Tokyo Institute of Technology

Tokyo Institute of Technology

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Tokyo Institute of Technology
Motto Jidai wo tsukuru chi, waza, kokorozashi, wa no rikōjin (時代を創る知・技・志・和の理工人?)
Motto in English Here are almost almighty as scientists
Established 1881
Type Public (National)
President Prof Ken-ichi Iga
Academic staff 1,324
Undergraduates 4,940
Postgraduates 5,096
Location Meguro Yokohama Tamachi, Tokyo Kanagawa, Japan
Campus Urban Rural
Colors Royal Blue (DIC-641)     
Mascot None
Website http://www.titech.ac.jp/

The Tokyo Institute of Technology (東京工業大学 Tōkyō Kōgyō Daigaku?, informally Tokyo Tech, Tokodai or TIT) is a public research university located in Greater Tokyo Area, Japan. Tokyo Tech is the largest institution for higher education in Japan dedicated to science and technology. Tokyo Tech enrolled 4,850 undergraduates and 5,006 graduate students for 2009–2010.[1] It employs around 1,400 faculty members.

Tokyo Tech's main campus is located in the Ōokayama on the boundary of Meguro and Ota[disambiguation needed ], with its main entrance facing the Ōokayama Station. Other campuses are located in Nagatsuta and Tamachi. Tokyo Tech is organised into 6 schools, within which there are over 40 departments and research centres.[2]

Operating the world-class supercomputer Tsubame 2.0,[3] and taking a breakthrough in high-temperature superconductivity, Tokyo Tech is a major centre for supercomputing technology and condensed matter research in the world.

Tokyo Tech is a member of LAOTSE, an international network of leading universities in Europe and Asia exchanging students and senior scholars. In 2011 it celebrated the 130th anniversary of its founding.[4]



Foundation and early years (1881–1922)

Tokyo Institute of Technology was founded by the government of Japan as the Tokyo Vocational School on May 26, 1881,[5] 14 years after the Meiji Restoration. To accomplish the quick catch-up to the West, the government expected this school to cultivate new modernized craftsmen and engineers. In 1890, it was renamed Tokyo Technical School. In 1901, it changed name to Tokyo Higher Technical School.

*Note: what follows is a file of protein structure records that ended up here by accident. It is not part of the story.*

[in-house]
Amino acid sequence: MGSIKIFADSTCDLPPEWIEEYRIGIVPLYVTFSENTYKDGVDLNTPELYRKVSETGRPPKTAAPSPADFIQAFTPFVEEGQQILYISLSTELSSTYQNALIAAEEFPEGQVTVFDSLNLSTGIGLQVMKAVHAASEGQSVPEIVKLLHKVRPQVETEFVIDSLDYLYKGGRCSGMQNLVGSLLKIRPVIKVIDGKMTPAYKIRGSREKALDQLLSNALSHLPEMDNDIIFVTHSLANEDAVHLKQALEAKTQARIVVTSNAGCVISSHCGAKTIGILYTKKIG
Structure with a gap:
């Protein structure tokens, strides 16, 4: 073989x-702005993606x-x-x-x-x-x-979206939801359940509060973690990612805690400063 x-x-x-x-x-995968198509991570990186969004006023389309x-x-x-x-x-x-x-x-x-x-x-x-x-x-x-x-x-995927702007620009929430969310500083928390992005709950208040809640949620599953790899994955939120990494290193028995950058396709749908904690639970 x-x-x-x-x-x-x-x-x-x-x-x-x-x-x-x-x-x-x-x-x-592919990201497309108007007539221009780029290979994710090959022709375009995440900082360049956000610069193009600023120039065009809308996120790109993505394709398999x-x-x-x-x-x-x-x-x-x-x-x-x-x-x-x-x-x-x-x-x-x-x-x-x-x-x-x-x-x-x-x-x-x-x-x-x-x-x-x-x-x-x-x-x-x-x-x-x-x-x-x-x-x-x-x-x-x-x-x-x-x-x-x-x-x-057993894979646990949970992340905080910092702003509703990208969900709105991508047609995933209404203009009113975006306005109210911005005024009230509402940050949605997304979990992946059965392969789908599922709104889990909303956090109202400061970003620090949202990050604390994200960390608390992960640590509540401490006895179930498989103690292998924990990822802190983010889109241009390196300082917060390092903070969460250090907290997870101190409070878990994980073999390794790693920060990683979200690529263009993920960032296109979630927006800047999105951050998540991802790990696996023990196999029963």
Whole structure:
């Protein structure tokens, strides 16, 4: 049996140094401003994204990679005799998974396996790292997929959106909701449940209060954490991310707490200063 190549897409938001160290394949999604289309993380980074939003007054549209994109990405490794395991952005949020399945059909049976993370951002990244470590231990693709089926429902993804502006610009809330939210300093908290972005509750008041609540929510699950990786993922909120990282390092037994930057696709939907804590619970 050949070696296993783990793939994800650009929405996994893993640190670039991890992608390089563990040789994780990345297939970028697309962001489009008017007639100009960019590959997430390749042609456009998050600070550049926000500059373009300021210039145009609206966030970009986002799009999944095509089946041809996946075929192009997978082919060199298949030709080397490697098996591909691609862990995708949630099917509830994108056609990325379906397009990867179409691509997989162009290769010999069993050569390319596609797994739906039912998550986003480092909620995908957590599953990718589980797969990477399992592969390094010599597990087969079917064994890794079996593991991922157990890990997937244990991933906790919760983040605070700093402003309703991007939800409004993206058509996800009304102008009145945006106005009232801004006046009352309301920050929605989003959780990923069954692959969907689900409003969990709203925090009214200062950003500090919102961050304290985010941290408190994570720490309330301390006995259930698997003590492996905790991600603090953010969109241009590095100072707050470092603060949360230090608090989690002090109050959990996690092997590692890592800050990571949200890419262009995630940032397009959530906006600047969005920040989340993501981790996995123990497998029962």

Great Kanto Earthquake and World War II (1923–1945)

In early days, the school was located in Kuramae, the eastern area of the Greater Tokyo Area, where many craftsmens' workshops had been since the old Shogun's era. The buildings in Kuramae campus were destructed by the Great Kanto Earthquake in 1923. In the following year, the Tokyo Higher Technical School moved from Kuramae to the present site in Ookayama, a south suburb of the Greater Tokyo Area. In 1929 the school became Tokyo Institute of Technology, gaining a status of national university, which allowed the university to award degrees. The university had the Research Laboratory of Building Materials in 1934, and its five years later the Research Laboratory of Resources Utilisation and the Research Laboratory of Precision Machinery were constructed. The Research Laboratory of Ceramic Industry was made in 1943, and one year before the World War Two finished the Research Laboratory of Fuel Science and the Research Laboratory of Electronics were made.

Post War Era (1946–present)

After World War II, the new educational system was promulgated in 1949 with the National School Establishment Law, and Tokyo Institute of Technology was reorganized. Many 3-years courses were turned into 4-years courses with the start of the School of Engineering in this year. The university started graduate programmes in engineering 1n 1953. In the following year, the above 5 research laboratories were integrated and reorganised into new 4 laboratories: the Research Laboratory of Building Materials, the Research Laboratory of Resources Utilization, the Precision and Intelligence Laboratory and the Research Laboratory of Ceramic Industry, and the School of Engineering was renamed to School of Science and Engineering.